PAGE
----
Governor Howard Dean
Presidential Primary Campaign Speech, July 2003—“The Next Hundred Years: Forging a strong environmental policy to take back our natural resources”
I had written two previous speeches for Gov. Dean when the campaign’s Policy Director called me up and asked me to write this one—practically from scratch—in four hours. I told him I could do it in eight. And I did.
One hundred years ago, President Theodore Roosevelt visited the Grand Canyon for the first time. And he asked the people of Arizona to make sure that it stayed unspoiled. “Leave it as it is,” President Roosevelt said. “Keep it for your children and your children’s children and for all who come after you, as one of the great sights which every American should see.”
It may seem odd to you that a Democratic presidential candidate would quote so approvingly something said by a Republican president. But there’s a reason. When President Roosevelt made that speech, he was exhibiting something that we haven’t seen in this country for a long, long time. And that is a Republican president providing leadership on the environment.
Because of President Roosevelt’s leadership, when we visit the Grand Canyon, our children can see pretty much the same view he did. But what legacy is the Bush-Cheney-Norton Administration leaving for the next hundred years?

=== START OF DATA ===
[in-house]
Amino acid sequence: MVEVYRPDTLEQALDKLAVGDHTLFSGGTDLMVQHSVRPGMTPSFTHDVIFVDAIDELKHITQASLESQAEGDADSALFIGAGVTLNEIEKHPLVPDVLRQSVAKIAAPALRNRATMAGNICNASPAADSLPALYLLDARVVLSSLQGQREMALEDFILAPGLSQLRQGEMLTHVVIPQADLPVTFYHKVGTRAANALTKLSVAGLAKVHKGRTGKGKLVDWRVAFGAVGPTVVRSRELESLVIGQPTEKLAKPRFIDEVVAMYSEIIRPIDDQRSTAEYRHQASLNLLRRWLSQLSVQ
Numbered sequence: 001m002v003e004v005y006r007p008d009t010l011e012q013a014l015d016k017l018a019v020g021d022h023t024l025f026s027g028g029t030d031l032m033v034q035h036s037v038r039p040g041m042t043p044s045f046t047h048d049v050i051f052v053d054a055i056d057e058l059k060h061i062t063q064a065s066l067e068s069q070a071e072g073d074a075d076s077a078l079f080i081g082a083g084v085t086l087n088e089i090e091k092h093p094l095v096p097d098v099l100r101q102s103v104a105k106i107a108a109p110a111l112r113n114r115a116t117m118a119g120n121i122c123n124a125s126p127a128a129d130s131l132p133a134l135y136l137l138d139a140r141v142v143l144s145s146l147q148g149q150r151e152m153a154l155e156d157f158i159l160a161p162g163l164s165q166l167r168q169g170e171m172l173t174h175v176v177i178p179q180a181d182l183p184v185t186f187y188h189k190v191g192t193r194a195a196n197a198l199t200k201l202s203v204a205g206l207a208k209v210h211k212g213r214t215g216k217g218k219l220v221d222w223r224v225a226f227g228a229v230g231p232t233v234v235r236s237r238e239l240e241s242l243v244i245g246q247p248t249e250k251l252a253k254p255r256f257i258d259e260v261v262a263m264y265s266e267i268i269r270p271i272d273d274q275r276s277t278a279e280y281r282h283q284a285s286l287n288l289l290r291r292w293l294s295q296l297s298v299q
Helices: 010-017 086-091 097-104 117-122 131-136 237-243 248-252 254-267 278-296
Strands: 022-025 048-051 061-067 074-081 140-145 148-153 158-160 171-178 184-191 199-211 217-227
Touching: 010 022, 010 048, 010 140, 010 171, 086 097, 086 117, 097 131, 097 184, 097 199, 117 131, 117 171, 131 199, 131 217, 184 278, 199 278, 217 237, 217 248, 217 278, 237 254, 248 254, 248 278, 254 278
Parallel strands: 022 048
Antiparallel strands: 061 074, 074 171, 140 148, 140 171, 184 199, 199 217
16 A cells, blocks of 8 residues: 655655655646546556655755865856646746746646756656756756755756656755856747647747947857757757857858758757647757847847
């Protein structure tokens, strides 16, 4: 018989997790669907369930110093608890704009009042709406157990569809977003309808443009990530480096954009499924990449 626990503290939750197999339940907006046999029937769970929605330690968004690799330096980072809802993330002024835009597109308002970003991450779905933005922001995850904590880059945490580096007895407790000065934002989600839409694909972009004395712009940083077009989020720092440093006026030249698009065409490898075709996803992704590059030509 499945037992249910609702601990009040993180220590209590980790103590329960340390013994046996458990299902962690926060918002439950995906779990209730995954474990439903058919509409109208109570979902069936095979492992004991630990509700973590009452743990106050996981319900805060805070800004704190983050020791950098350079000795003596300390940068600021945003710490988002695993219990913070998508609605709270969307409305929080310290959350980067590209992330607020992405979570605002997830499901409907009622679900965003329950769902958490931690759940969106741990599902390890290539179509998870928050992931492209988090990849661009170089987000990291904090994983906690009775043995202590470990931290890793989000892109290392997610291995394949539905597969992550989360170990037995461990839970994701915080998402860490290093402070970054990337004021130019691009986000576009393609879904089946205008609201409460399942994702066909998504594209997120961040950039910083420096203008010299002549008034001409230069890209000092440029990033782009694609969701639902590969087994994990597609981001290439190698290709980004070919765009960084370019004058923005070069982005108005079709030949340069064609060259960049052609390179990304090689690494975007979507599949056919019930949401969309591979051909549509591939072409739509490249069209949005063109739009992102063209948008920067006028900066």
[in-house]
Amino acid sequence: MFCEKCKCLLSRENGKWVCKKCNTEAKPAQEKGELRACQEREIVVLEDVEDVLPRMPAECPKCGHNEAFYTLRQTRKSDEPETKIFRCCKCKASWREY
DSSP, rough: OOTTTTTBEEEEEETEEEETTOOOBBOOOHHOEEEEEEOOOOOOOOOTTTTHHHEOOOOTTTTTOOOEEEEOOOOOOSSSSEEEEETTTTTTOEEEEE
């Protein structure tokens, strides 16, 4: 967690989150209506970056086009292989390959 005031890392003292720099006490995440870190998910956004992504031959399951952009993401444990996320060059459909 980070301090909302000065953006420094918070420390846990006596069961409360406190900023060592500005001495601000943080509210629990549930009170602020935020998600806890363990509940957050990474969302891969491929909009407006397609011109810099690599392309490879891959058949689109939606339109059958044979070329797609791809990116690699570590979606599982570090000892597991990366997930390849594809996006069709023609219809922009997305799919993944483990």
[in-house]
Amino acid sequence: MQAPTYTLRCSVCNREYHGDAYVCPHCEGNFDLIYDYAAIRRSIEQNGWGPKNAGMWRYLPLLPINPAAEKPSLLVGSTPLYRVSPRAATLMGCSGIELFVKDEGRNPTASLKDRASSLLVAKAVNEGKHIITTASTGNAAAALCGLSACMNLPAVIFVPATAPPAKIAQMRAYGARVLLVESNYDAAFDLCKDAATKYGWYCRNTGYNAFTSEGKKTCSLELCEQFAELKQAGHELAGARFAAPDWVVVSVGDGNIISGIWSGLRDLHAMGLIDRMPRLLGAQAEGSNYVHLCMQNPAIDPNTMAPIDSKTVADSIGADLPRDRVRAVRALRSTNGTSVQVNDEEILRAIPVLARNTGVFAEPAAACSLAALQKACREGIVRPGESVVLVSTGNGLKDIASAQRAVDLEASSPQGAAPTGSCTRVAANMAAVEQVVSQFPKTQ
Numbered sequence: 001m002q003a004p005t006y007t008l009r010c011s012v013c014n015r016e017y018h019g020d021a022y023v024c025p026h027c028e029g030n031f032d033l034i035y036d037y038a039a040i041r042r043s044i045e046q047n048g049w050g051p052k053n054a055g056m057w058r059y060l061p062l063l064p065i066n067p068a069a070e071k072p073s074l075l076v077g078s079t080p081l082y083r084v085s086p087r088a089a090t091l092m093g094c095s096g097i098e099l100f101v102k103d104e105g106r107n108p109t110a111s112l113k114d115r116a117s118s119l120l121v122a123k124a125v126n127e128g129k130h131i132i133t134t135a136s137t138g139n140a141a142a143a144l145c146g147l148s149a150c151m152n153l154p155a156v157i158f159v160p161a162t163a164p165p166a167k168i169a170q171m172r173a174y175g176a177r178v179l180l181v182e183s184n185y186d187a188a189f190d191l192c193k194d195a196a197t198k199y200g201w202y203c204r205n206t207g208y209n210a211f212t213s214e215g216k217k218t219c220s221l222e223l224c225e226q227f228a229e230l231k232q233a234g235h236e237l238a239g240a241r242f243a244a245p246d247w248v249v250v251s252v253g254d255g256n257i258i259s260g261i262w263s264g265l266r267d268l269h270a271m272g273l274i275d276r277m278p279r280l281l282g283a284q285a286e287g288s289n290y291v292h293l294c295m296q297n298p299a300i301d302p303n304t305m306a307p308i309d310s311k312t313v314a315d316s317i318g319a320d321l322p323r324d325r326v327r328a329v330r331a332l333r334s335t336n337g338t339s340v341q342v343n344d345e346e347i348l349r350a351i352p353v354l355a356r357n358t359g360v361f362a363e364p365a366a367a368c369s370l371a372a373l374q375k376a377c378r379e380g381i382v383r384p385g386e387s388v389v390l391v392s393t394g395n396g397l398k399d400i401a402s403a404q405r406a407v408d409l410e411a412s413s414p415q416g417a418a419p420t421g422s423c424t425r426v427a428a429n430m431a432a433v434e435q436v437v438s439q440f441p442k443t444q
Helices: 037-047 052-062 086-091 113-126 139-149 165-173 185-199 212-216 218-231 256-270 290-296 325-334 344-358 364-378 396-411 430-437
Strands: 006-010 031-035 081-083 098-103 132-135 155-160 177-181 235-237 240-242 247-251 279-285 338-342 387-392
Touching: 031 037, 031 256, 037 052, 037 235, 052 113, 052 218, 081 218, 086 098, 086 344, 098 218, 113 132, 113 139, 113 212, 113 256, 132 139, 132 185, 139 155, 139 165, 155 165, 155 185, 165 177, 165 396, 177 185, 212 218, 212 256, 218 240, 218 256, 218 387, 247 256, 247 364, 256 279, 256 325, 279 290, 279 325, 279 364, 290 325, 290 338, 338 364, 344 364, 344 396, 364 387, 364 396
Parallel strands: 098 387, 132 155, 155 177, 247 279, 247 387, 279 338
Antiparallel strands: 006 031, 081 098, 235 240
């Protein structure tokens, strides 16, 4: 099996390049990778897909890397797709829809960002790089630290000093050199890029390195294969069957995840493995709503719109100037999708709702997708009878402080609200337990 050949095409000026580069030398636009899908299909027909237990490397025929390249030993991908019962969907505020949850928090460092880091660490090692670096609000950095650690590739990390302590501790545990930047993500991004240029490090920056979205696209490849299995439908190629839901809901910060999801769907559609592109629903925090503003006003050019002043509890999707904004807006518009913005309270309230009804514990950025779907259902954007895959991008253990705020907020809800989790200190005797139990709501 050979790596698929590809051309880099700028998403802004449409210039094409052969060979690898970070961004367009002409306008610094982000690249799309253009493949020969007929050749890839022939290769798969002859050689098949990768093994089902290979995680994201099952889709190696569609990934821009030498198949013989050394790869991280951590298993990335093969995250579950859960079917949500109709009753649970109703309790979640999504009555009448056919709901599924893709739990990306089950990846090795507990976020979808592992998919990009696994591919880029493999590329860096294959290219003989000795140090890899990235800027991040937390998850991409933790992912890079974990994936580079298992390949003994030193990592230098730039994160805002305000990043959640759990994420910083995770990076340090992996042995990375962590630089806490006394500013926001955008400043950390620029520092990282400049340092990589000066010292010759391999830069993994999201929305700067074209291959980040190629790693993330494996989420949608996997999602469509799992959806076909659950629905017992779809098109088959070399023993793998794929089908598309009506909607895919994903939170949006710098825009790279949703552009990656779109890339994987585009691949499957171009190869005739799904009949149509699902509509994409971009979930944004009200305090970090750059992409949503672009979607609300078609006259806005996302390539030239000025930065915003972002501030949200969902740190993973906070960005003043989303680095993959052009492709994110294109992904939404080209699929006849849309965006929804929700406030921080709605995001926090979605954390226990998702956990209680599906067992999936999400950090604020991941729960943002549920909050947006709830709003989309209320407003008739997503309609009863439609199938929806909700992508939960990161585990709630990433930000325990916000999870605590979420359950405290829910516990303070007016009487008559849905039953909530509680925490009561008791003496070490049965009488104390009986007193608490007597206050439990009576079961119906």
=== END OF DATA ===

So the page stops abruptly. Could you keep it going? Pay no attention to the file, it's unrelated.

Alaska’s Tongass National Forest is the largest rain forest in our nation. When our children’s children visit in 100 years, what will they see? Last month, the Bush Administration said it wants to open the Tongass to more logging. If they have their way, roads will slice through what’s left of the pristine forest. Loggers and their heavy machinery will cut down its old-growth trees. Natural habitats will be destroyed. That’s not leadership. We can do better.
In Utah, the Administration rolled when a long-dormant lawsuit was resurrected. The “settlement” the Administration agreed to limits government’s ability to protect the country’s remaining wilderness. That’s not leadership. We can do better.
In Yellowstone and Grand Teton National Parks, the Administration overturned a rule proposed after years of discussion with scientists and the public a rule phasing out snowmobiles in those two parks. The Bush Administration made a deal with the snowmobile industry and blocked the rule. That’s not leadership. We can do better.